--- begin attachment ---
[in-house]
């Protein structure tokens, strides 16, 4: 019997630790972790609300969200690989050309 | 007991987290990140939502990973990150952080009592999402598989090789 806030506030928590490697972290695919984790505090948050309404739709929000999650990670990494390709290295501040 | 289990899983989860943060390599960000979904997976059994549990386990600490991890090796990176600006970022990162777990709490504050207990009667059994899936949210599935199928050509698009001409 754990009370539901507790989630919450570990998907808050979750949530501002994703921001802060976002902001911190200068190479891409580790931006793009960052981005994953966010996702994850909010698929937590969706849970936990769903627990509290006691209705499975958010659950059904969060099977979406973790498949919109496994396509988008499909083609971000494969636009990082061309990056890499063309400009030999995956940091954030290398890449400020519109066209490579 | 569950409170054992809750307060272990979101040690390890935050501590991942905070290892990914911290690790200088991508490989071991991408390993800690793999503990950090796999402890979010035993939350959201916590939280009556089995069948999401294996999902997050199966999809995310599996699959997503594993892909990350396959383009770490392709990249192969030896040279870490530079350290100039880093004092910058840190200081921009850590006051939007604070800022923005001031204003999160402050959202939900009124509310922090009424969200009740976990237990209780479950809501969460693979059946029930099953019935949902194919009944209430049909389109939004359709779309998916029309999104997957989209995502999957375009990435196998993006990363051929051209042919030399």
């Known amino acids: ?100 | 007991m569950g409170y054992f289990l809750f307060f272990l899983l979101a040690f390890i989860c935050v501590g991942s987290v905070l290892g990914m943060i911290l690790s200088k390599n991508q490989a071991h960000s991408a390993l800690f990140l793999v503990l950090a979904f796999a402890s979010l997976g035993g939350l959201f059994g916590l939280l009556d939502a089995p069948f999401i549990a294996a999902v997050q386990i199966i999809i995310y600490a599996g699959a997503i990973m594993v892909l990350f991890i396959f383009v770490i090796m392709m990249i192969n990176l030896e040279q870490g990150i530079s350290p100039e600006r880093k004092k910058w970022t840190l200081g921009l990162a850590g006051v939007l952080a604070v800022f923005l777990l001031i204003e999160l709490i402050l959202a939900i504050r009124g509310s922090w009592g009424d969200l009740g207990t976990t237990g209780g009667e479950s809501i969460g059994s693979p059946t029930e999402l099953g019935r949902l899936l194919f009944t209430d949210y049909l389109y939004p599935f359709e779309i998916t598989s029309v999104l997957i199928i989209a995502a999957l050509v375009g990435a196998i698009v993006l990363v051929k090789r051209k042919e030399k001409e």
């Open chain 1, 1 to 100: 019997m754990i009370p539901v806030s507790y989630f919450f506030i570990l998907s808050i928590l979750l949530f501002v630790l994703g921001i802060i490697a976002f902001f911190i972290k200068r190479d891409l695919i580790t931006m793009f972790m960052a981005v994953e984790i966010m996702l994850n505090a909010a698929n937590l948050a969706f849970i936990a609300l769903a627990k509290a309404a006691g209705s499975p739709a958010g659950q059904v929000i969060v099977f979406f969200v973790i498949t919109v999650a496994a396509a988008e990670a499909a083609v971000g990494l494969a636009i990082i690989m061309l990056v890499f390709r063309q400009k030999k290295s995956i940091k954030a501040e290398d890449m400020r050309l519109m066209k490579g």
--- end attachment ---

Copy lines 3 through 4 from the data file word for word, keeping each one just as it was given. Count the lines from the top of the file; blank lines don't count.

């Known amino acids: ?100 | 007991m569950g409170y054992f289990l809750f307060f272990l899983l979101a040690f390890i989860c935050v501590g991942s987290v905070l290892g990914m943060i911290l690790s200088k390599n991508q490989a071991h960000s991408a390993l800690f990140l793999v503990l950090a979904f796999a402890s979010l997976g035993g939350l959201f059994g916590l939280l009556d939502a089995p069948f999401i549990a294996a999902v997050q386990i199966i999809i995310y600490a599996g699959a997503i990973m594993v892909l990350f991890i396959f383009v770490i090796m392709m990249i192969n990176l030896e040279q870490g990150i530079s350290p100039e600006r880093k004092k910058w970022t840190l200081g921009l990162a850590g006051v939007l952080a604070v800022f923005l777990l001031i204003e999160l709490i402050l959202a939900i504050r009124g509310s922090w009592g009424d969200l009740g207990t976990t237990g209780g009667e479950s809501i969460g059994s693979p059946t029930e999402l099953g019935r949902l899936l194919f009944t209430d949210y049909l389109y939004p599935f359709e779309i998916t598989s029309v999104l997957i199928i989209a995502a999957l050509v375009g990435a196998i698009v993006l990363v051929k090789r051209k042919e030399k001409e």
């Open chain 1, 1 to 100: 019997m754990i009370p539901v806030s507790y989630f919450f506030i570990l998907s808050i928590l979750l949530f501002v630790l994703g921001i802060i490697a976002f902001f911190i972290k200068r190479d891409l695919i580790t931006m793009f972790m960052a981005v994953e984790i966010m996702l994850n505090a909010a698929n937590l948050a969706f849970i936990a609300l769903a627990k509290a309404a006691g209705s499975p739709a958010g659950q059904v929000i969060v099977f979406f969200v973790i498949t919109v999650a496994a396509a988008e990670a499909a083609v971000g990494l494969a636009i990082i690989m061309l990056v890499f390709r063309q400009k030999k290295s995956i940091k954030a501040e290398d890449m400020r050309l519109m066209k490579g």